I would also point out that I purposely delayed signing by a week because I was worried that the minute I signed the petition, it would be attacked as "Yankee's little scheme to preserve the status quo" by the dissolution, which was already being tossed around. Avoiding signing it gave the con-con some distance until those critics began to depart.

Your second paragraph is convenient, maybe it's true. I don't know so I can't deal with it.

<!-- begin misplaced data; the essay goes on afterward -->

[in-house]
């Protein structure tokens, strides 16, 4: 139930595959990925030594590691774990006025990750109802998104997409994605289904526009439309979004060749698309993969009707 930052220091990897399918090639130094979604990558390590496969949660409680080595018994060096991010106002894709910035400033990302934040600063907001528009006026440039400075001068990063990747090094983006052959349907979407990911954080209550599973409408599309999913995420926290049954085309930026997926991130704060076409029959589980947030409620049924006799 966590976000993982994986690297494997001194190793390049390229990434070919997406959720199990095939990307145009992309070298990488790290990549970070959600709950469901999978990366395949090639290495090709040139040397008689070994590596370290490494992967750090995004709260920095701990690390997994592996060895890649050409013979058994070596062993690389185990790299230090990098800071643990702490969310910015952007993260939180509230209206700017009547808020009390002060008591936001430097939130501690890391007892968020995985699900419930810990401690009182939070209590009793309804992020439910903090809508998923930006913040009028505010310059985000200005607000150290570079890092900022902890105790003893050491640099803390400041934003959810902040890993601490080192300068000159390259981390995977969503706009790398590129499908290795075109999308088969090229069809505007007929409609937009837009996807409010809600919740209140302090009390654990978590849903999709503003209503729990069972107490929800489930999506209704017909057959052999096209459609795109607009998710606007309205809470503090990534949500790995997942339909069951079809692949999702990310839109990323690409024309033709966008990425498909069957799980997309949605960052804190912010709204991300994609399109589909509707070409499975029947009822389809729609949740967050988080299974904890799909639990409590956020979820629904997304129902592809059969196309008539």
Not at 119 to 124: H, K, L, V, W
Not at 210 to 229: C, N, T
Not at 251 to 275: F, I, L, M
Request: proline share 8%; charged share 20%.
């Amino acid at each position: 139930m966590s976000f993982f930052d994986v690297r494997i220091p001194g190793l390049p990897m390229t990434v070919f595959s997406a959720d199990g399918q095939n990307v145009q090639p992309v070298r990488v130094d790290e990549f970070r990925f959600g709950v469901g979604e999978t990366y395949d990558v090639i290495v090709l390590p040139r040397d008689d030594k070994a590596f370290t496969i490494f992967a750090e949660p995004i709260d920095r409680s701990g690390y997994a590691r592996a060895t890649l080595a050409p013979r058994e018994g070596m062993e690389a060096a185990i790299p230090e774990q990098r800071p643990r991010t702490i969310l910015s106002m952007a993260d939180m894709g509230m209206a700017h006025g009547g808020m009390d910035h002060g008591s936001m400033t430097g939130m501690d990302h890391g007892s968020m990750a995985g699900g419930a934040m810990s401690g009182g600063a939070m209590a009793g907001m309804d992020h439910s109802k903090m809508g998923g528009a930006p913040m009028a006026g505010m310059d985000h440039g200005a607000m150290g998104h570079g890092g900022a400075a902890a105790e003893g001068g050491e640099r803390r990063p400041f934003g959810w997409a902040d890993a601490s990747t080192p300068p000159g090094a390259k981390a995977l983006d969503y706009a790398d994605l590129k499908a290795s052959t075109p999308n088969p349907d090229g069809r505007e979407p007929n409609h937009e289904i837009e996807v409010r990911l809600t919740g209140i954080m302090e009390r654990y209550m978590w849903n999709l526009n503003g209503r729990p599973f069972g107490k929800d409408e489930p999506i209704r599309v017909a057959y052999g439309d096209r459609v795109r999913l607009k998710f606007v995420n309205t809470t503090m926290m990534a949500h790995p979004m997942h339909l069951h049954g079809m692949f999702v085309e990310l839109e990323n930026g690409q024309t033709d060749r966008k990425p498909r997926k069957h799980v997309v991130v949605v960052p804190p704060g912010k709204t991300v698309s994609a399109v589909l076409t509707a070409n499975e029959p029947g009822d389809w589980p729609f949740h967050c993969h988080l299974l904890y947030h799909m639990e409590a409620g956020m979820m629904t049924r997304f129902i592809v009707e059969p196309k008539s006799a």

And the first one isn't really a matter of disagreement. I obviously wouldn't have made the speech if there hadn't been a spate of deregistrations and inactivity. They were the inevitable outcome of that incarnation of the game running it's course, but if it had happened in the term after me I would have kept on going, obviously. The president obviously doesn't have the power to announce there is a crisis and have everyone believe him. The crisis was very very real. But I certainly think it's the case, and the negative reviews from the usual suspects of my tenure confirm, that if I had tried to polish the turd, if I had unleashed a flurry of executive orders and pmed everyone in the game and dragged together a cabinet, at least in name only, then the game would have held together for a bit long, staggering on. And I think that is a real contradiction. You can't say that on the one hand I didn't lead enough, and on the other that of course the crisis was real and overwhelming and nothing I did changed its course, and the ConCon would have happened anyway. If I had been more active on a conventional level in my last few months I think the ConCon would not have happened. And I think that would be a tragedy for the game.